Anne Arundel County Fire Chief Roger C. Simonds has stopped paying firefighters overtime to renovate an old county warehouse, according to an e-mail he sent last week to County Executive Janet S. Owens.
"In light of current events, I have suspended all development of the warehouse that would require the use of overtime [until] further notice," Simonds wrote in the one-sentence e-mail obtained by The Sun through a public records request.
The e-mail, dated Friday afternoon, came two days after the newspaper detailed how, for more than a year, Simonds has paid a crew of at least three firefighters and a fire supervisor time and a half to transform a warehouse near fire headquarters in Millersville into offices, storage areas and a workout room.
The captain supervisor made $42 an hour doing tasks such as hanging drywall.
But the Fire Department's spokesman said yesterday that Simonds had ordered a stop to all warehouse renovations as of July 1, when the department was told it needed to slice $1 million out of its overtime budget as part of the county's cost-savings efforts.
"When we lose that amount of overtime, everything gets placed under the microscope," said Division Chief John M. Scholz.
He said the chief's e-mail Friday was "merely to reassure" the county executive that the unapproved project had been halted.
Scholz said the bulk of the warehouse renovation was completed months ago, and firefighters were installing cabinets and putting other finishing touches on the office space when they were told to stop working.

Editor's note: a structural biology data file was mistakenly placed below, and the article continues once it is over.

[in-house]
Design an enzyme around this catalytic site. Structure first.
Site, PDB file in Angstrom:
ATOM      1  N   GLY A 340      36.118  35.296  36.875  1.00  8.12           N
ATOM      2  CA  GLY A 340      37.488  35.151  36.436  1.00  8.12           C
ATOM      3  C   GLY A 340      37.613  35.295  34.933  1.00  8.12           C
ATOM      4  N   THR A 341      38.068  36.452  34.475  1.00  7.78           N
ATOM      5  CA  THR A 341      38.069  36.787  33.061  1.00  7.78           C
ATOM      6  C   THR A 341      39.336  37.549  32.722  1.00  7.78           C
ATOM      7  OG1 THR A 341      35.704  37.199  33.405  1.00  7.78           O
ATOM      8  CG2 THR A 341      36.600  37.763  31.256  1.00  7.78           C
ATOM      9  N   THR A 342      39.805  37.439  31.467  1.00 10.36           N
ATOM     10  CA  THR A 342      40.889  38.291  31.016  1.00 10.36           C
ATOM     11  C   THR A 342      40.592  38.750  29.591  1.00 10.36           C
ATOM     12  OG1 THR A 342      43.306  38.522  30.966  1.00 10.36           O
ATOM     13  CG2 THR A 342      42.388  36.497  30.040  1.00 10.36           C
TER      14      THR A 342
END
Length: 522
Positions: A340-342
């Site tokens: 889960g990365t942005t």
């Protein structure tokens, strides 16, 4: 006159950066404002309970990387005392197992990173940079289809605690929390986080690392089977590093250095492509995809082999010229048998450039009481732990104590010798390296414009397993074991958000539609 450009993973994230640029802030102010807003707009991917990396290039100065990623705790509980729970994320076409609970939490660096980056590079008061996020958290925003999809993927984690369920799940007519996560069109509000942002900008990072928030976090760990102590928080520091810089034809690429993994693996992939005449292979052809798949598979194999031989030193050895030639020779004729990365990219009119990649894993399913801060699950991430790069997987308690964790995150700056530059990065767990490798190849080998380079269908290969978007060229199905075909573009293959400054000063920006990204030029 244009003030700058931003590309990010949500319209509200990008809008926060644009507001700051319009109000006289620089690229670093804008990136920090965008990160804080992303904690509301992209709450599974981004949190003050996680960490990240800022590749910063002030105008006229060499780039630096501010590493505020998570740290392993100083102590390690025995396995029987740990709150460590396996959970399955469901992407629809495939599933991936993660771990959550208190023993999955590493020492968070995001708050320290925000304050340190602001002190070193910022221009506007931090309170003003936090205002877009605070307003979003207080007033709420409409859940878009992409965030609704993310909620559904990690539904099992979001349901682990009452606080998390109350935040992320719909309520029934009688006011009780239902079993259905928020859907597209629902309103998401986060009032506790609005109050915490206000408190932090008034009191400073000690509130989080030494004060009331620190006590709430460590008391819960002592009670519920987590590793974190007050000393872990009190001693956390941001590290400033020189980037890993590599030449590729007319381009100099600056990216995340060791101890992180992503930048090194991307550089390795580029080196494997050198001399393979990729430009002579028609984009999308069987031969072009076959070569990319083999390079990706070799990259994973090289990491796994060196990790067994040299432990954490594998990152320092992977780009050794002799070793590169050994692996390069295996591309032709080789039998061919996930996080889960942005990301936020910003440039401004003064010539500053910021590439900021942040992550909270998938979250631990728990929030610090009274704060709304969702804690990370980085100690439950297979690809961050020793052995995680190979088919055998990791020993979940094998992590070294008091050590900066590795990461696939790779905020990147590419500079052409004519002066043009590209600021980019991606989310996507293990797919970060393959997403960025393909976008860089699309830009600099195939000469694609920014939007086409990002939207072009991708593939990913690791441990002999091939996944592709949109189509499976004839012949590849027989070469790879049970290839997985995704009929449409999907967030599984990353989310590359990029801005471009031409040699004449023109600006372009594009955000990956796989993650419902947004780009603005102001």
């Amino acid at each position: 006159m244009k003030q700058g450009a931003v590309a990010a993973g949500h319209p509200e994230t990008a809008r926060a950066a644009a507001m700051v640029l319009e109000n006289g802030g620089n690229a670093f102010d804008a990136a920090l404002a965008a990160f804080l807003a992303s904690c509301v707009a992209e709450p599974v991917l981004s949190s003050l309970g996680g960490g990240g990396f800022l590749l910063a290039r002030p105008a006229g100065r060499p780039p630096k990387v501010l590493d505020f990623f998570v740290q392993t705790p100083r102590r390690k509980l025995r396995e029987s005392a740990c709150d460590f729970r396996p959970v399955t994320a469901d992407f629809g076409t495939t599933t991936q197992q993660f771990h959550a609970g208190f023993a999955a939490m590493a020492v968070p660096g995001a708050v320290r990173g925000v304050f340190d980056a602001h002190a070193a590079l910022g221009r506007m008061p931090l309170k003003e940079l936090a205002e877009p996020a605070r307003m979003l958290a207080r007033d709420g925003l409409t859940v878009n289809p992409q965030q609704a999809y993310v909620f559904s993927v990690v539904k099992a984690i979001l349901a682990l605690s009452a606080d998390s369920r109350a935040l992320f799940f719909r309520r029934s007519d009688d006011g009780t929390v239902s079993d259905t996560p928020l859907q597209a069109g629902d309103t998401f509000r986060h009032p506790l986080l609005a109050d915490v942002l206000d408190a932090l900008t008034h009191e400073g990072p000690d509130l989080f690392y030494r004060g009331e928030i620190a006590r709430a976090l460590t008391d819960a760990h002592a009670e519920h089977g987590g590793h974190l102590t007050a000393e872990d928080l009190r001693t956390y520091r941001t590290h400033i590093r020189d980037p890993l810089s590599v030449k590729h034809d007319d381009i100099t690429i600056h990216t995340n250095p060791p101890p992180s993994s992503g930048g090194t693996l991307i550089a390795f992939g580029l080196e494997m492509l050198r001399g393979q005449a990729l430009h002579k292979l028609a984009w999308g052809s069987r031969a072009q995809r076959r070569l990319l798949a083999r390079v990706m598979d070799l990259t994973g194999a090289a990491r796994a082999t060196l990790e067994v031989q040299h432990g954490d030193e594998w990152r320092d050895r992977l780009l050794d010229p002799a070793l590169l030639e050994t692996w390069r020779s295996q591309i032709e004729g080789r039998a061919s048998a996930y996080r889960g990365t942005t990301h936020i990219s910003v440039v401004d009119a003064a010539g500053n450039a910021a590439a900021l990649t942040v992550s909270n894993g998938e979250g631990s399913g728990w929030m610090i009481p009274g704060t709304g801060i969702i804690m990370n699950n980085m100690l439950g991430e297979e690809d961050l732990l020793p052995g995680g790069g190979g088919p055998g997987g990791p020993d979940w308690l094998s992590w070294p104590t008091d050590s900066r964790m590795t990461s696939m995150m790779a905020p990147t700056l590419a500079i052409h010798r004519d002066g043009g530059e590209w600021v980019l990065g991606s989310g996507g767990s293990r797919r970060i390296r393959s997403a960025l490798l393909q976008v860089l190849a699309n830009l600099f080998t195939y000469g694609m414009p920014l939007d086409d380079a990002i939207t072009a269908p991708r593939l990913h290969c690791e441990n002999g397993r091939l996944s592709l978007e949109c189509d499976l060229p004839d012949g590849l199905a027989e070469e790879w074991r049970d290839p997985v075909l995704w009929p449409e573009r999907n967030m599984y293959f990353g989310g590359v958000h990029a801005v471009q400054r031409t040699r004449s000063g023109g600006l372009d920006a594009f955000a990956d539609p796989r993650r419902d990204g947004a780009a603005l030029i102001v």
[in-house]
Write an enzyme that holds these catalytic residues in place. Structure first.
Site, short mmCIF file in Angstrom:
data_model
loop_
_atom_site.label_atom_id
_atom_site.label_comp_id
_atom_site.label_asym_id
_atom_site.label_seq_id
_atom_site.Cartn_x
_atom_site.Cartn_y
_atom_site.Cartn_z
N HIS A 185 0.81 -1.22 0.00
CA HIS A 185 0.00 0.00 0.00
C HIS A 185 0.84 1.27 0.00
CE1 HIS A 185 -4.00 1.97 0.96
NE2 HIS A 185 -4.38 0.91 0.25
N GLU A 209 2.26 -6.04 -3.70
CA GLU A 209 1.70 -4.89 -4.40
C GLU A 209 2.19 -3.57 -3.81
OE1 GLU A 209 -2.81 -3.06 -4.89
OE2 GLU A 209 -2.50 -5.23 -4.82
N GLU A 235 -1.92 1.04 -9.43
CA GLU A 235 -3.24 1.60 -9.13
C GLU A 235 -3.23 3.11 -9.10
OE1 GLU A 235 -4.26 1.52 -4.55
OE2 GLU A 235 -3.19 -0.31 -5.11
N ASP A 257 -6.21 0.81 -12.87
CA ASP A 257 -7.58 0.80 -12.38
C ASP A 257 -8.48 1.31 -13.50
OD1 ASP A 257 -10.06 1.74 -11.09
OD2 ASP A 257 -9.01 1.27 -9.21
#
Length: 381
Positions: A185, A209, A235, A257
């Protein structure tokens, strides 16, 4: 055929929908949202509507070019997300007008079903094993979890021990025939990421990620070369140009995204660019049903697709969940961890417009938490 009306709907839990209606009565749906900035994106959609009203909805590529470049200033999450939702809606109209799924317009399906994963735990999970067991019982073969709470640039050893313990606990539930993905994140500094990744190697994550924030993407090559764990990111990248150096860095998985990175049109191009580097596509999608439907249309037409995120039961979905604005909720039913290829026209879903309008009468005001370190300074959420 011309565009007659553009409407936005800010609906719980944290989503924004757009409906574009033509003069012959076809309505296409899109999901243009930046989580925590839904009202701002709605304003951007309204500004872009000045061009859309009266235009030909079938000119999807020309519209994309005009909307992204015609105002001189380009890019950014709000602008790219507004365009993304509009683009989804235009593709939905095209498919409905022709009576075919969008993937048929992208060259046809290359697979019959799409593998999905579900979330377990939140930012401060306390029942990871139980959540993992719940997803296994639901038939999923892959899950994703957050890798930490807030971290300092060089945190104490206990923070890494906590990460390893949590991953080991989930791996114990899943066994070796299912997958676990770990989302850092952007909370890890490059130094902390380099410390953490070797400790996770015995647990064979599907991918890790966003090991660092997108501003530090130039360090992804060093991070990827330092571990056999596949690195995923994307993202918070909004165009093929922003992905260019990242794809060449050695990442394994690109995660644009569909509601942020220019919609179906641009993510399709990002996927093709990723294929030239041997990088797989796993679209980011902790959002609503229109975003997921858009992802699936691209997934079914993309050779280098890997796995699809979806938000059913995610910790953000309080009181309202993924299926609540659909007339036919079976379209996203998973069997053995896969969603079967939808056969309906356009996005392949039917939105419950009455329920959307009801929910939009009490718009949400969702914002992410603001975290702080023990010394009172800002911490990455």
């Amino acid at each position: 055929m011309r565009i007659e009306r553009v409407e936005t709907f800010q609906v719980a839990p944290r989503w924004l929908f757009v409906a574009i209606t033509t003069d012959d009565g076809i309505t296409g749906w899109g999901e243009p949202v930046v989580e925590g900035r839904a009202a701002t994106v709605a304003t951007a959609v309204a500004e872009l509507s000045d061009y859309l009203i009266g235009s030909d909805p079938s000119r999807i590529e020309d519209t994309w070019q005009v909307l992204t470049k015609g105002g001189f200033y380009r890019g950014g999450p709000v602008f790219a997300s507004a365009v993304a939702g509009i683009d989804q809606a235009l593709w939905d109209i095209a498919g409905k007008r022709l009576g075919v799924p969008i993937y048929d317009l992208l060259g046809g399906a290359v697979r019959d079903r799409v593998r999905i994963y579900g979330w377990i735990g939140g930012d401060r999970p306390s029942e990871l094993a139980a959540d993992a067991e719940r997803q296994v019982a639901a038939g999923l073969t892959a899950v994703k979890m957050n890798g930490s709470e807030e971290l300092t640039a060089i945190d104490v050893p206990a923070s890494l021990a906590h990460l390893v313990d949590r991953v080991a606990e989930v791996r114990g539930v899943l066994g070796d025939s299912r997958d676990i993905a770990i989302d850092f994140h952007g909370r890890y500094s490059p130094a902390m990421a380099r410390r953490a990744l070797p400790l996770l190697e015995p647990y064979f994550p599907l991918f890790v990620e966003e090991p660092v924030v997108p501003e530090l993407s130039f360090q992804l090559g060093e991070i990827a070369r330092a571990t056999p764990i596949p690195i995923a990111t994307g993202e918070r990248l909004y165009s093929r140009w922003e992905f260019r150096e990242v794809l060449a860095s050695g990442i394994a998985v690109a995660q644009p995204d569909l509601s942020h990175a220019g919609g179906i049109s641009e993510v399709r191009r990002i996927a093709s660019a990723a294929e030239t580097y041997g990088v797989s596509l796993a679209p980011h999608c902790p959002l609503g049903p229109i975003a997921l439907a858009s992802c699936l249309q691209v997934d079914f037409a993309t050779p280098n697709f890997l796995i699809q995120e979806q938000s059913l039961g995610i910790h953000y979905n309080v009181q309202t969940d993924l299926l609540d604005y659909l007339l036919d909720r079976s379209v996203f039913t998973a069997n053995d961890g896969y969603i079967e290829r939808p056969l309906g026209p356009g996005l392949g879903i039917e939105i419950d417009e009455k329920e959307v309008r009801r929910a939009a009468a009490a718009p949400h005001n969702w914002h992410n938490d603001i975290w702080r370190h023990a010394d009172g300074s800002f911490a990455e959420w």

Simonds turned to overtime for the project after he was denied capital funding by county officials.
Though she has supported her chief, Owens said the request never made it to her and that she did not approve using overtime to pay for the project.
She said it was not a "politically wise" decision by Simonds.
Department officials said they do not know how much overtime they spent on the project, which began in April of last year. Scholz said the department is trying to tally the cost.
Anne Arundel County Fire Department overtime spending has come under scrutiny in recent weeks.
Eight of the 10 highest paid county government employees were firefighter supervisors during the fiscal year that ended June 30. Some nearly doubled their pay.
The department spent $7.2 million on overtime last fiscal year -- nearly $1 million more than its budget and millions more than neighboring counties.
County Council members have called for an audit of the Fire Department's overtime expenditures and policies.